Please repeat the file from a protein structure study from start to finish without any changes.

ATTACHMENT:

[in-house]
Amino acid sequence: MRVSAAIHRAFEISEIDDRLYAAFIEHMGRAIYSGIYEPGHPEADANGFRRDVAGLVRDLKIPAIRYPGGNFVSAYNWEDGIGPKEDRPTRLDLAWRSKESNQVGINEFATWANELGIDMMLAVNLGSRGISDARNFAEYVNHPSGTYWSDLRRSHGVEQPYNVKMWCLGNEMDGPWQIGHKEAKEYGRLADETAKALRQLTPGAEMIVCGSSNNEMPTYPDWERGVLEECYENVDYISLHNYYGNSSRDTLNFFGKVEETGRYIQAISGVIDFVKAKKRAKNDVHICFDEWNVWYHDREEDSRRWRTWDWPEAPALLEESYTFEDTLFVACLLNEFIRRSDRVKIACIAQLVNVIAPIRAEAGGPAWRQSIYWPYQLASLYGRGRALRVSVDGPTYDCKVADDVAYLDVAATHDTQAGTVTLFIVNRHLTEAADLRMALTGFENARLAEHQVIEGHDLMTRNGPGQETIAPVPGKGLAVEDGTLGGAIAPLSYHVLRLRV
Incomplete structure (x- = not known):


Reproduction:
[in-house]
Amino acid sequence: MRVSAAIHRAFEISEIDDRLYAAFIEHMGRAIYSGIYEPGHPEADANGFRRDVAGLVRDLKIPAIRYPGGNFVSAYNWEDGIGPKEDRPTRLDLAWRSKESNQVGINEFATWANELGIDMMLAVNLGSRGISDARNFAEYVNHPSGTYWSDLRRSHGVEQPYNVKMWCLGNEMDGPWQIGHKEAKEYGRLADETAKALRQLTPGAEMIVCGSSNNEMPTYPDWERGVLEECYENVDYISLHNYYGNSSRDTLNFFGKVEETGRYIQAISGVIDFVKAKKRAKNDVHICFDEWNVWYHDREEDSRRWRTWDWPEAPALLEESYTFEDTLFVACLLNEFIRRSDRVKIACIAQLVNVIAPIRAEAGGPAWRQSIYWPYQLASLYGRGRALRVSVDGPTYDCKVADDVAYLDVAATHDTQAGTVTLFIVNRHLTEAADLRMALTGFENARLAEHQVIEGHDLMTRNGPGQETIAPVPGKGLAVEDGTLGGAIAPLSYHVLRLRV
Incomplete structure (x- = not known):